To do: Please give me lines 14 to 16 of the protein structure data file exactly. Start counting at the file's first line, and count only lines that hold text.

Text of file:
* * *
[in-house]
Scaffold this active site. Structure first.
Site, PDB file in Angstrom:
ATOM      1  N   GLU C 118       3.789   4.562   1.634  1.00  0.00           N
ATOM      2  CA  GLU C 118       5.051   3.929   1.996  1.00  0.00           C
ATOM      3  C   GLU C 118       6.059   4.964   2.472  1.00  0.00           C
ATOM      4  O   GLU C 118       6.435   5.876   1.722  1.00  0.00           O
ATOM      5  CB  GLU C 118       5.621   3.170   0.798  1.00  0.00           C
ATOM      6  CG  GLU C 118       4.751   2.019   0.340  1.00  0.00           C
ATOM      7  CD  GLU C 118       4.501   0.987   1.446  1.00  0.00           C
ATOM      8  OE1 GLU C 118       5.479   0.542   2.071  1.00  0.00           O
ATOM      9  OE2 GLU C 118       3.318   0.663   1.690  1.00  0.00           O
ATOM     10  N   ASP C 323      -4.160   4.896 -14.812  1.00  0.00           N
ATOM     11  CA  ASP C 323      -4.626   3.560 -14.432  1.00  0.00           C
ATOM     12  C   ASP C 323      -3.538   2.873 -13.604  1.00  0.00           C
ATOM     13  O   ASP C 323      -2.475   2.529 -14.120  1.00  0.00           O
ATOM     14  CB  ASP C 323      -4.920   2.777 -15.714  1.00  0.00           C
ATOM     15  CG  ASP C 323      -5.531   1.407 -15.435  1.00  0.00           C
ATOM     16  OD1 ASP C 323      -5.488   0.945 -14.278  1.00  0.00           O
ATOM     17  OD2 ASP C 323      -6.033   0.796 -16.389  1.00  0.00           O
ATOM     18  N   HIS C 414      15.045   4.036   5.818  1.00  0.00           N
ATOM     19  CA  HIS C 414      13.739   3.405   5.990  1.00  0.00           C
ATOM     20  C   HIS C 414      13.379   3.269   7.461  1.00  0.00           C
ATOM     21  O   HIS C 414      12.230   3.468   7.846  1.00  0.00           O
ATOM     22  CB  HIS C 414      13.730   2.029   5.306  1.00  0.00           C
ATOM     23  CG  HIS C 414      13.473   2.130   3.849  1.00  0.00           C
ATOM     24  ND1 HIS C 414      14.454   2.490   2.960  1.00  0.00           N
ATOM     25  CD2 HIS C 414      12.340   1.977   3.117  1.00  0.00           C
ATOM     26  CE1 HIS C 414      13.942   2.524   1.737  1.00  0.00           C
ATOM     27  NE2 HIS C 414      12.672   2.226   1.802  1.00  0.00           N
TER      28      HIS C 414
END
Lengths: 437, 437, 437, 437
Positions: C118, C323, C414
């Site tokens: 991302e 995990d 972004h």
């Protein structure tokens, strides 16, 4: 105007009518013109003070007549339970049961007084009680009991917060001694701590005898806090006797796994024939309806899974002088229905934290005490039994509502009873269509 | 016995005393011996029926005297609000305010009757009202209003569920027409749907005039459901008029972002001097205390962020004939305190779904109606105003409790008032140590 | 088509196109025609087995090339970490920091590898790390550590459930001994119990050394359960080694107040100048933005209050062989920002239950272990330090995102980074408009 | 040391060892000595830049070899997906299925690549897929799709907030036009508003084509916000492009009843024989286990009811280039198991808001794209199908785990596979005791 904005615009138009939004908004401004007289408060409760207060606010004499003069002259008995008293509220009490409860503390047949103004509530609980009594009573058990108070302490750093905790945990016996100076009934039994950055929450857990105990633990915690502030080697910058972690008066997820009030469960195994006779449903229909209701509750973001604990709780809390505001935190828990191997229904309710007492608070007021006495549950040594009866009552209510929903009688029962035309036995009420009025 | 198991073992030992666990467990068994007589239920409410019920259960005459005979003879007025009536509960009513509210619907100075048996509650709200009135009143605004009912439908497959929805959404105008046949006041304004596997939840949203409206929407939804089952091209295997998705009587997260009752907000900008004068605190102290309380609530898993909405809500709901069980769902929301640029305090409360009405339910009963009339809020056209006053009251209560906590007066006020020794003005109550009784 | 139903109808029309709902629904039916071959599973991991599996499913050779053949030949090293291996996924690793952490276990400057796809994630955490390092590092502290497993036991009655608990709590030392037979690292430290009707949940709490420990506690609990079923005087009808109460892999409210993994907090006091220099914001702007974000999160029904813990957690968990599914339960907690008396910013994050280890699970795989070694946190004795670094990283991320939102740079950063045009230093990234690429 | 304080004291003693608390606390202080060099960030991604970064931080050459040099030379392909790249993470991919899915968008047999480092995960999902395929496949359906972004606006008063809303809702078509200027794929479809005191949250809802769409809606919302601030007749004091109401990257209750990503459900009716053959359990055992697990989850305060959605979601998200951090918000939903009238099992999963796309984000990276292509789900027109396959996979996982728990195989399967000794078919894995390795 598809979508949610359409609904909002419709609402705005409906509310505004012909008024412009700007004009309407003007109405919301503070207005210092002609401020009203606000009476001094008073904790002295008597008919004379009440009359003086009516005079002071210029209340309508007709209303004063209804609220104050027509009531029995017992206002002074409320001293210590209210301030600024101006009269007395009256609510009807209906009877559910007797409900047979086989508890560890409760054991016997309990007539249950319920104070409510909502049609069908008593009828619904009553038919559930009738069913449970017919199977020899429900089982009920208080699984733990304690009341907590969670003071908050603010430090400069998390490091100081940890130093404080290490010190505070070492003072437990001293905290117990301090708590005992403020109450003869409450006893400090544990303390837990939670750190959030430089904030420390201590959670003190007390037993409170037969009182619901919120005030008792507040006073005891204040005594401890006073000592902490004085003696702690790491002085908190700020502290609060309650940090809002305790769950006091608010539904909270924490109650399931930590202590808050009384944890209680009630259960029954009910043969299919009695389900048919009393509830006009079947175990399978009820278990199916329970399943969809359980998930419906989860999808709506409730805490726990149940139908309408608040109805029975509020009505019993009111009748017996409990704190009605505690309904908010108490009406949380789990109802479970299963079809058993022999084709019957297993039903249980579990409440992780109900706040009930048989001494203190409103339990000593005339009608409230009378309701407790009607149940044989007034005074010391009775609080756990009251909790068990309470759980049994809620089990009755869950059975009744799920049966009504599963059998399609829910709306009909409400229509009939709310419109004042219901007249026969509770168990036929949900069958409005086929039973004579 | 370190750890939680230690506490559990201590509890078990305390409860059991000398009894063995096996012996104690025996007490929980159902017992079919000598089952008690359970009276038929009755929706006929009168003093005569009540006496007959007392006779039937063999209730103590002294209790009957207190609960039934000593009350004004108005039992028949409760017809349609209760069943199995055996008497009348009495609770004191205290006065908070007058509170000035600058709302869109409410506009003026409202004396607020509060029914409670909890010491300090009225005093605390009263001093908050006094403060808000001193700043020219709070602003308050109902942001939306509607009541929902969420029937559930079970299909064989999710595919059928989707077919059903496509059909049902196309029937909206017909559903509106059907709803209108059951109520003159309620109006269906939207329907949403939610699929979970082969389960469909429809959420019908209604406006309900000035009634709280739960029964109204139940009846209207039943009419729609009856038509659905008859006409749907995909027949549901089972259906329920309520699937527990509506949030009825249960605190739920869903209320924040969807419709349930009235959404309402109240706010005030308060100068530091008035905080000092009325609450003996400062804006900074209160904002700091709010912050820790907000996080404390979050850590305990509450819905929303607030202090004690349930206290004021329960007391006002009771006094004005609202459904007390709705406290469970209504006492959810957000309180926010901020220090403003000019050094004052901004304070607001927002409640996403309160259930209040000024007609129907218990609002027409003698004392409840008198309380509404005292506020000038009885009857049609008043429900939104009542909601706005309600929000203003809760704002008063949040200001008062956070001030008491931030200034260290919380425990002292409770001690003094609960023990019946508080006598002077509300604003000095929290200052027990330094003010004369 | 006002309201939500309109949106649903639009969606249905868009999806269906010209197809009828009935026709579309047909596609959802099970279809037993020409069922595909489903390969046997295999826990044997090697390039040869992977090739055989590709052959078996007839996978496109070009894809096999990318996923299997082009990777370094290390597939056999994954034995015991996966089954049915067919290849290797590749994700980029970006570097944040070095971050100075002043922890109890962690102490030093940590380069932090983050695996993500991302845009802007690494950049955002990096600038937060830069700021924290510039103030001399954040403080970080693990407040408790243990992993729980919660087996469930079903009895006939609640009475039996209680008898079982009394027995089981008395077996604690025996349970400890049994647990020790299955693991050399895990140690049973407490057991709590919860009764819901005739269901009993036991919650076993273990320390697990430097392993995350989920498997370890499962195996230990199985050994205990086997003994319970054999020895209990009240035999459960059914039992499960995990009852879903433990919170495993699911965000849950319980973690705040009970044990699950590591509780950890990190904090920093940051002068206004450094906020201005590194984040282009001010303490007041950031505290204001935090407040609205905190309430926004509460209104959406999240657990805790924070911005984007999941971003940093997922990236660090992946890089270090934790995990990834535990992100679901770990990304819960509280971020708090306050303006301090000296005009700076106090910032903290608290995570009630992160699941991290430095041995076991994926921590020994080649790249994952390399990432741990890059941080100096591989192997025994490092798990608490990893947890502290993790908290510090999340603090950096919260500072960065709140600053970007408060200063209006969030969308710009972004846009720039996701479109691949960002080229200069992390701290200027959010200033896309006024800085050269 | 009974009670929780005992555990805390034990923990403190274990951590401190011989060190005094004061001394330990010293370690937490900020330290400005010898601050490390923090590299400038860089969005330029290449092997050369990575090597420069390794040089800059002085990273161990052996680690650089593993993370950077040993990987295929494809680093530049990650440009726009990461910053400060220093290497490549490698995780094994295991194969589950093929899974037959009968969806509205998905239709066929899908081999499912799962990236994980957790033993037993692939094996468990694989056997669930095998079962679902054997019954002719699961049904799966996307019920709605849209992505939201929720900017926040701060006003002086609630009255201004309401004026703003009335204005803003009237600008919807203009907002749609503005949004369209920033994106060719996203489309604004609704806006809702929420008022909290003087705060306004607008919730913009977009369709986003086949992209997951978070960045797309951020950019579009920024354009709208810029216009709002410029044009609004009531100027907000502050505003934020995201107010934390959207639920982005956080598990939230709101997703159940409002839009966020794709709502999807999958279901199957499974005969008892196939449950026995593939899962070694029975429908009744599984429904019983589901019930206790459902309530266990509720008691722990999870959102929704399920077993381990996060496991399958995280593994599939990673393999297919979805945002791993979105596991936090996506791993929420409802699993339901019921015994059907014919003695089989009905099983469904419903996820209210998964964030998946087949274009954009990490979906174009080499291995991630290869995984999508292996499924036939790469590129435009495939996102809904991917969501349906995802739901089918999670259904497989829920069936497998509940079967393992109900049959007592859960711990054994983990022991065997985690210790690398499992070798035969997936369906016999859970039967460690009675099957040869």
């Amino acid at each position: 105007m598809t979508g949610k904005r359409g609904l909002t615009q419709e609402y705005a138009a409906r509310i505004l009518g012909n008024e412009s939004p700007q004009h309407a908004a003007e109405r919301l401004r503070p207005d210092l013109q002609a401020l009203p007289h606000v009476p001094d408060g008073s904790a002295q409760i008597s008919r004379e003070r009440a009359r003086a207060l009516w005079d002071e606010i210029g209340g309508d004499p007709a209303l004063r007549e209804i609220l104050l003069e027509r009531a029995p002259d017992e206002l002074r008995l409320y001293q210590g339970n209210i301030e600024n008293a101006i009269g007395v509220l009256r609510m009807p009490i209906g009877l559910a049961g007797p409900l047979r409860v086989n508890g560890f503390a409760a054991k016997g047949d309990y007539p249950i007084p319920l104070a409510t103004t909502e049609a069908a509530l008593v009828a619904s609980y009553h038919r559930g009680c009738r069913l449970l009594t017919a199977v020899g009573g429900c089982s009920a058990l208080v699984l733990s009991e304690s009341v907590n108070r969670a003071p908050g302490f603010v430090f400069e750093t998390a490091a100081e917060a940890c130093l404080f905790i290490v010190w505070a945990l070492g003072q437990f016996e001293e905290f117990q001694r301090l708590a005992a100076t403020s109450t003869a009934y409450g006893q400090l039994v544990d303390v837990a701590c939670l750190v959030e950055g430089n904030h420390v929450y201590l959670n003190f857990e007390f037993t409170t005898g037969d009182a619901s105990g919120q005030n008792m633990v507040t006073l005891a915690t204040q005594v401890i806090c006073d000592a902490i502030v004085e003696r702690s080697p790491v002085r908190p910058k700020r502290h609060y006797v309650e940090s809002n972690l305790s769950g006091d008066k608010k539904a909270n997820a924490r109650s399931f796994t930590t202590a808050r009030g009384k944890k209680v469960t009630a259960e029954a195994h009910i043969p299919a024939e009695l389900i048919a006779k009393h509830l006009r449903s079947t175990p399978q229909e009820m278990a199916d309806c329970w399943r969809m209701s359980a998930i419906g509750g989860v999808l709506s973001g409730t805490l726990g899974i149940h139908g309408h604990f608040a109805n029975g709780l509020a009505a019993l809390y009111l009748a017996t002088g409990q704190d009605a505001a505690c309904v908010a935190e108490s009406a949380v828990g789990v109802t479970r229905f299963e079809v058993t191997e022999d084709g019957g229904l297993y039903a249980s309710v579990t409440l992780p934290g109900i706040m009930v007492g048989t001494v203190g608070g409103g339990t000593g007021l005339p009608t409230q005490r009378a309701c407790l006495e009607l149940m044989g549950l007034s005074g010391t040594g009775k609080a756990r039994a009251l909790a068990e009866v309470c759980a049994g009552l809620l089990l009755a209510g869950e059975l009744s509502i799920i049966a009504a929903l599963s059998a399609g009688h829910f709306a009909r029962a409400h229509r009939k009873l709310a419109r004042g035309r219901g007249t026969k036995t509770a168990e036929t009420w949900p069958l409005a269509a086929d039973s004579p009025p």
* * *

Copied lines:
ATOM     11  CA  ASP C 323      -4.626   3.560 -14.432  1.00  0.00           C
ATOM     12  C   ASP C 323      -3.538   2.873 -13.604  1.00  0.00           C
ATOM     13  O   ASP C 323      -2.475   2.529 -14.120  1.00  0.00           O